The camera was a Kodak Professional DCS 460 which had a list price of $35,600, a 1.3x crop factor and at 6.2 megapixels was the highest resolution digital camera available at the time.

In May of 1996 I was a photo editor and producer for Philadelphia Online (now Philly.com) and was working on an interactive seating map of the Blockbuster Sony Music Entertainment Center in Camden, N.J., and since I had access to the DCS 460, I decided to use it as I photographed the stage from various sections of the arena. A great time saver over shooting on film and scanning the negatives.

On the way to the venue, I came across an accident on Spring Garden Street where a car had smashed into the front window of Panichelle's barber shop. As I drove by I thought I caught a glimpse of the barber inside continuing to cut hair, so I parked, grabbed the camera and walked back to the barber shop and started shooting photos.
Stand-alone photo as it appeared on the May 10, 1996 homepage of Philadelphia Online.
Stand-alone photo as it appeared on the May 10, 1996, homepage of Philadelphia Online. View full homepage from that day.
After I returned from the original assignment in Camden I downloaded the images from the camera and was showing a few editors the shot when one of them suggested we post it to the Philadelphia Online home page as a stand-alone photo, something we hadn't done previously. This was a first.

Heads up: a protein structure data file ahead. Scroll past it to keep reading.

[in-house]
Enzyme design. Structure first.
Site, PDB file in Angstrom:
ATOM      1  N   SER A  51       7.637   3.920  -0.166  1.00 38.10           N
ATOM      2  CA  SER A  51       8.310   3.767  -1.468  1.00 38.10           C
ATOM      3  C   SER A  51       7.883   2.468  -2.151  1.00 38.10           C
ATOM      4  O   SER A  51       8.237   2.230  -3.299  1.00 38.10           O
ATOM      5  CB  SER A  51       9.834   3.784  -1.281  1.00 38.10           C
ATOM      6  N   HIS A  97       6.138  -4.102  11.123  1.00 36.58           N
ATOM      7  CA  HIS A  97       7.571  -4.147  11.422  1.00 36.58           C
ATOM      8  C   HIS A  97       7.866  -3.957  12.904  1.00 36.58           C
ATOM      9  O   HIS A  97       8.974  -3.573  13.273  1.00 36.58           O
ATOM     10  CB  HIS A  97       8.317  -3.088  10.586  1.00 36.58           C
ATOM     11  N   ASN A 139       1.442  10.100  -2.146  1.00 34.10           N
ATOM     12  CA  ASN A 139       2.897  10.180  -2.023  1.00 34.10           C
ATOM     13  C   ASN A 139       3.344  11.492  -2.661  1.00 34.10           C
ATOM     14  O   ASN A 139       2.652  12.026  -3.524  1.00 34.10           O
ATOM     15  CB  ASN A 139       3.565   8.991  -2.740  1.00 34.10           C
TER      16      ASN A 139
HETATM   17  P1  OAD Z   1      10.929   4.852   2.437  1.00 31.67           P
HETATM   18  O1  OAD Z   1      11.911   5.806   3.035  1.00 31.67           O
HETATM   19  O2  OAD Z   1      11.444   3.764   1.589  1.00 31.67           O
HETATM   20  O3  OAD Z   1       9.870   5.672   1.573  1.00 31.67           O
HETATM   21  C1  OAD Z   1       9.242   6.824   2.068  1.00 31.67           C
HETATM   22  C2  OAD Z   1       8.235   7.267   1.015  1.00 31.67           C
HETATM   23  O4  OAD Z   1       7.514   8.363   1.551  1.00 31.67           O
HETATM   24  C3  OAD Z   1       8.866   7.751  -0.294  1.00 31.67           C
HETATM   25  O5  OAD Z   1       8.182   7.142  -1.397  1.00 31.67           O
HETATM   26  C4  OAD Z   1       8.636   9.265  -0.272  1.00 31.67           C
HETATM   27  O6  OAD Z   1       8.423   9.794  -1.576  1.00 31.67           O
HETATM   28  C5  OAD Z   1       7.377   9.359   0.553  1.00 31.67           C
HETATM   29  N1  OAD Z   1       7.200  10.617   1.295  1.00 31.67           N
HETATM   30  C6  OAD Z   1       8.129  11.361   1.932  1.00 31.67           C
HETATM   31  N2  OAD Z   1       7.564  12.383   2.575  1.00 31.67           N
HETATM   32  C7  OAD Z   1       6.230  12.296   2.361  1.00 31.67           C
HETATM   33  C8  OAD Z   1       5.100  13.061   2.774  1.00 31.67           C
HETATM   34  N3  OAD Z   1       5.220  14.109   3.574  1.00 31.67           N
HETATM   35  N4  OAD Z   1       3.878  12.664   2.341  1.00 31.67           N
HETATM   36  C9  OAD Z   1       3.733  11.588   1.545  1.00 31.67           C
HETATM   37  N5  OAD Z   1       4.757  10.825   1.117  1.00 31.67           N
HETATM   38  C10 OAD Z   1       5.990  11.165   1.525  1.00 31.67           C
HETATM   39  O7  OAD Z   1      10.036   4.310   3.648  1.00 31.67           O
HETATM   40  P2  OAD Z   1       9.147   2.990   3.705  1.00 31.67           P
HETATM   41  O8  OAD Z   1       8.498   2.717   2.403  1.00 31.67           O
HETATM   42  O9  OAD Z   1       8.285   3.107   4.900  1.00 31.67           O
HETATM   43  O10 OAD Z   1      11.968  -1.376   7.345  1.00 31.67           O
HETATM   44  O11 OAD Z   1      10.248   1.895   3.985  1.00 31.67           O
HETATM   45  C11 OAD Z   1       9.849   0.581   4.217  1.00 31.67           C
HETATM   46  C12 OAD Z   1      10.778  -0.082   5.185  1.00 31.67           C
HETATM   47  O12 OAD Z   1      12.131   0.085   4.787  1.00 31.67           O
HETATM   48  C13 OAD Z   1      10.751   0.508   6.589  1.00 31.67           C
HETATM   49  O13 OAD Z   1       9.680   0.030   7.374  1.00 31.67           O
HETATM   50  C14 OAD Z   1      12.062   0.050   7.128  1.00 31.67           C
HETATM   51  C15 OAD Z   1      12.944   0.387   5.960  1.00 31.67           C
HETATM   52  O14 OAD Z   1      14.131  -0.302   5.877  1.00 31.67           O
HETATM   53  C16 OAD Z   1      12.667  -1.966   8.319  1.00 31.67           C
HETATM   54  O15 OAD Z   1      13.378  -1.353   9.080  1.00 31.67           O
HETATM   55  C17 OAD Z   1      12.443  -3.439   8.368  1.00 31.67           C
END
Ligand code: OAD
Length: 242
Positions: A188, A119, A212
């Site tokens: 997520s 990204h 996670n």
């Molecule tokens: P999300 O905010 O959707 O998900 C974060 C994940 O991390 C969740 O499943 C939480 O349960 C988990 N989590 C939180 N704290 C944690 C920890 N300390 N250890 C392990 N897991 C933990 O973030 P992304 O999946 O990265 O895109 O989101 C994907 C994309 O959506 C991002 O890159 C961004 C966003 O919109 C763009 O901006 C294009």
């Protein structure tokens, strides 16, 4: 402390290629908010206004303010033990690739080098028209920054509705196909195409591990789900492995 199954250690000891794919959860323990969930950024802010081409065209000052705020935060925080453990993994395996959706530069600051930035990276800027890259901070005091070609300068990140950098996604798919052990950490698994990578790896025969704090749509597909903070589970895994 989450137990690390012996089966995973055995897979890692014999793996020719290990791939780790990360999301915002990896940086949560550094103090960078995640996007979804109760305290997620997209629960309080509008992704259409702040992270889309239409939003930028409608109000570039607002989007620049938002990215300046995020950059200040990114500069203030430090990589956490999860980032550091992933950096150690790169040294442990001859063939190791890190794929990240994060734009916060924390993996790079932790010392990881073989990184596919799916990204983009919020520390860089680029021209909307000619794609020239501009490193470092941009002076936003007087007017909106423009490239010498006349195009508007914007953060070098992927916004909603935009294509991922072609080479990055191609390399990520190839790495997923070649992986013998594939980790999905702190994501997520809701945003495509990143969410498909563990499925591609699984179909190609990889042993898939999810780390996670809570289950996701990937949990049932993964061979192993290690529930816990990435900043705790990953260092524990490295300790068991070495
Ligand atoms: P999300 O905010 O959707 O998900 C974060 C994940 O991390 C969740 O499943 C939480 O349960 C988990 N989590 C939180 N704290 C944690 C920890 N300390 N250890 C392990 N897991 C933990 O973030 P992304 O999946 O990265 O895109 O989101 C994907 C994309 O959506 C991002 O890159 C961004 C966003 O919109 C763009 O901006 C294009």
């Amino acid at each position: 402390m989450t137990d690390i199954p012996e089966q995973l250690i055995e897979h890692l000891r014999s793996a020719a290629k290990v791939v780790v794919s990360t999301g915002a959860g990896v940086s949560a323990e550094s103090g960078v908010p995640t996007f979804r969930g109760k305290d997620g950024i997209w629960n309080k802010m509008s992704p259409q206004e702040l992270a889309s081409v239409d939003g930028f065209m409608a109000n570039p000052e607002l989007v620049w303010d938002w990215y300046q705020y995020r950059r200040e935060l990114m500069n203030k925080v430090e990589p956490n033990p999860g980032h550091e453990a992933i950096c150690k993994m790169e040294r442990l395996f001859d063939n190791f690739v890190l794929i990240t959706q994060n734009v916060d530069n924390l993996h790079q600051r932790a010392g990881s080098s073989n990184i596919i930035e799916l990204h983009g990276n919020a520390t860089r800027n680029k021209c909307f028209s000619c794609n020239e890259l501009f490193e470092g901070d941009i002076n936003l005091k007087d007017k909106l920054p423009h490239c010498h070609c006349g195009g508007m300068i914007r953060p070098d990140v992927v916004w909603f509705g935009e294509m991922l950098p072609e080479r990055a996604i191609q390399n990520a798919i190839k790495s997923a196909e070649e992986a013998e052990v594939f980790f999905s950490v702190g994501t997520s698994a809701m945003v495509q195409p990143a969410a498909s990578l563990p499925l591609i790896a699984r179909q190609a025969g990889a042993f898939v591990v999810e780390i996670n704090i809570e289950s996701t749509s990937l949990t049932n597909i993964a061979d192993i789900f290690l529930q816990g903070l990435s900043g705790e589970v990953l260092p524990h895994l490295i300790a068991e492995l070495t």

The other suggestion was to show it to the photo editors at the Philadelphia Daily News, where it was published as a stand-alone photo the next day.

So was this the first digital camera photo, not from a wire service, published in the Philadelphia Daily News? Hardly a case for the History Detectives, but I know if I had shot this with film, I probably wouldn't have processed it until the next day and by that time it would not have been news.


Before and after of a black and white negative photographed with a DSLR.
Original photo taken in 1993 on Kodak TRI-X film.
This didn't start out to be the first blog post of 2013, but the more I thought about it, the more I felt that this is a perfect project to start the New Year. If you are a photographer of a certain age, you can relate to the thousands of negatives and slides that fill binders and boxes under my eaves. You remember those days don't you? You'd shoot roll after roll of film, have it processed and printed and in the end, file away all those negatives and maybe some 4x6 inch prints in shoe boxes or albums that rarely were opened or looked at again.